Sun King Medallion
Ornament for a French colonial-era firearm
Recovered from the shipwreck of La Belle, this thin, fragile, gold Sun King medallion was a symbol of King Louis XIV of France.
Sailing under the French flag, explorer René Robert Cavelier, Sieur de La Salle departed for the Americas in 1684 with four ships carrying 400 people. King Louis XIV commissioned La Salle to build a colony at the mouth of the Mississippi River, establish trade with Native Americans, and plunder silver mines in Spanish territory. La Salle's expedition failed horribly. He landed in the wrong location, lost his ships, and was murdered by his own men.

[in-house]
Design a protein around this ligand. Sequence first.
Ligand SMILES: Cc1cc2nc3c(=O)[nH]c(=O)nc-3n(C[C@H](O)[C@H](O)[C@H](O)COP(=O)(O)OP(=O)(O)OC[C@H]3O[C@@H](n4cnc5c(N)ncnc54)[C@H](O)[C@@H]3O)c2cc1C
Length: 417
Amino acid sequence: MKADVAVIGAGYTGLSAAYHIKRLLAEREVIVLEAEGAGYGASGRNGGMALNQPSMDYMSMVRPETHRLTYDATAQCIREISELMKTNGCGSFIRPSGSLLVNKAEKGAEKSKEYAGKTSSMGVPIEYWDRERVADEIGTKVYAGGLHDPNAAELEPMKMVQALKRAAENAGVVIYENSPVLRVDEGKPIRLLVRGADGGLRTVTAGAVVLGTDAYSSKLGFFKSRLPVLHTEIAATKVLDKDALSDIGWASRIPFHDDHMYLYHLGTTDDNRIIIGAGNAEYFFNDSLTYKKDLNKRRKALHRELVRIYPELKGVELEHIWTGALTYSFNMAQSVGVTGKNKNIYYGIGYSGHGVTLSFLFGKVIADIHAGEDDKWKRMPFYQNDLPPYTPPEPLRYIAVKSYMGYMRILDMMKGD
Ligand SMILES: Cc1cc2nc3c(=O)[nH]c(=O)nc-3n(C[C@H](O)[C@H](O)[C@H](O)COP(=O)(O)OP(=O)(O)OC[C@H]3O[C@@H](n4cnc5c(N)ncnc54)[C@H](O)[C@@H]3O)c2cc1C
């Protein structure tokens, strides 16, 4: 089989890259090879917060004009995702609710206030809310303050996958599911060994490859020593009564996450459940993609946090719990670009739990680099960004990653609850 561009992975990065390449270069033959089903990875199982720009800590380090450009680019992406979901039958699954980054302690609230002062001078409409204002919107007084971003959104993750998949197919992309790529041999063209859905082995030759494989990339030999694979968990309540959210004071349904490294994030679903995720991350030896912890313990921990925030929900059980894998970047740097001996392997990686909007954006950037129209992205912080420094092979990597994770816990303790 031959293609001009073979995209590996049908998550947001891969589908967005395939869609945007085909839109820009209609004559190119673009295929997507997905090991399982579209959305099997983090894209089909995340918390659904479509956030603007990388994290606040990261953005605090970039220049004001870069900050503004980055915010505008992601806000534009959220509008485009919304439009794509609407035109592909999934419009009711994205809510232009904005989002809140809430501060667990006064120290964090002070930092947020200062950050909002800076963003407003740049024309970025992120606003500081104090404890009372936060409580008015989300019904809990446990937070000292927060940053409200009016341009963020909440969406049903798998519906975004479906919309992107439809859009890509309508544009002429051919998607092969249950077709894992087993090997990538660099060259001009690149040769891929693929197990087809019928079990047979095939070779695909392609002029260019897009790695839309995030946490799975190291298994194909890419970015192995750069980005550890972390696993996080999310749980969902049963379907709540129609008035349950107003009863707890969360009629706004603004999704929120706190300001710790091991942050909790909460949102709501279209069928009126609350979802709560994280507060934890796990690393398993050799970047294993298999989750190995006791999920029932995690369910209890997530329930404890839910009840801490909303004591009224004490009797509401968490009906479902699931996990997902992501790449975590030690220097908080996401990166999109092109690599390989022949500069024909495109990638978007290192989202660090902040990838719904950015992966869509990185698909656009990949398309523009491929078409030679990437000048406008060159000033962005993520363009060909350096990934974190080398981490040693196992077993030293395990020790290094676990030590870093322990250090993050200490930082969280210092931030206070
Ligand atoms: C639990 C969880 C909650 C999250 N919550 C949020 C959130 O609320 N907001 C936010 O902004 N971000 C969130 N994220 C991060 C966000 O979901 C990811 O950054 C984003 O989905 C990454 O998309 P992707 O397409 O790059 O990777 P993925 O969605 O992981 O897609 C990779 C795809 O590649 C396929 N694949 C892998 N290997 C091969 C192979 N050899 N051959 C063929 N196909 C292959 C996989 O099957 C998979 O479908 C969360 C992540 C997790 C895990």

Many of the muskets supplied to the expedition were embedded with a gold sun medallion identifying the weapon as property of King Louis XIV, also known as the Sun King. The supreme ruler in France, Louis had been in power for more than 23 years when he financed La Salle’s expedition to North America. He provided La Salle with two of the fleet’s four ships (including La Belle), weapons, and soldiers. La Salle financed the rest of the expedition, borrowing money to provide the other two ships, supplies for the colony, and goods to trade with the American Indians.
Property of France from the collection of the Museé national de la Marine, Loaned to the Bullock Museum from the Texas Historical Commission.
1" H x 1" W
Time Period: 1519 - 1689
Exhibit: La Belle
This artifact is not on view.